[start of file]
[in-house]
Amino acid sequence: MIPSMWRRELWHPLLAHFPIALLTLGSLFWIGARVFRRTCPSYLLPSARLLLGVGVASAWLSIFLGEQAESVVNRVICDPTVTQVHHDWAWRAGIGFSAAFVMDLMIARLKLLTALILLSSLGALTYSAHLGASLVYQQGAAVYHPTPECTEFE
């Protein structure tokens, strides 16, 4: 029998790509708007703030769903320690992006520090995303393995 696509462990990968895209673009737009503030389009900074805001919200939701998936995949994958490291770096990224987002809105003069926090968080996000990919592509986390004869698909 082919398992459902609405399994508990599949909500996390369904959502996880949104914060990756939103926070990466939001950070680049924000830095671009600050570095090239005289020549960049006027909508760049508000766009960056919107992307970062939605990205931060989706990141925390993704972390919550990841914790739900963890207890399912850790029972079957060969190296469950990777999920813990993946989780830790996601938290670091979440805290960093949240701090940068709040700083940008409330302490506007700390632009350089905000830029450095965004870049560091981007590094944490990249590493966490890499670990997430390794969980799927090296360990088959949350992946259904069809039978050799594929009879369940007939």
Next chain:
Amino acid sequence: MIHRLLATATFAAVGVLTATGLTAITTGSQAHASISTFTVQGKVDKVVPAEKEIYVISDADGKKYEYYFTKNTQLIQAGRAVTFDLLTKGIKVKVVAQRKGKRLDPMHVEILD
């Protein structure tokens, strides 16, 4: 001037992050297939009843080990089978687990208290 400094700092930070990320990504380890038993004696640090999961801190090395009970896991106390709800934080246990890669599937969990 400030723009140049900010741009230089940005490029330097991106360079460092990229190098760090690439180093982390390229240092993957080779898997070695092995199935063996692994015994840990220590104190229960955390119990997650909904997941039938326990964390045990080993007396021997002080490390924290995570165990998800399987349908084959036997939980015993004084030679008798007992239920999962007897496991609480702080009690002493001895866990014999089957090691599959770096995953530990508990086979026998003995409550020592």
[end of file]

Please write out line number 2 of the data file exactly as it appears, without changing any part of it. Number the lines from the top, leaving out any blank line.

Amino acid sequence: MIPSMWRRELWHPLLAHFPIALLTLGSLFWIGARVFRRTCPSYLLPSARLLLGVGVASAWLSIFLGEQAESVVNRVICDPTVTQVHHDWAWRAGIGFSAAFVMDLMIARLKLLTALILLSSLGALTYSAHLGASLVYQQGAAVYHPTPECTEFE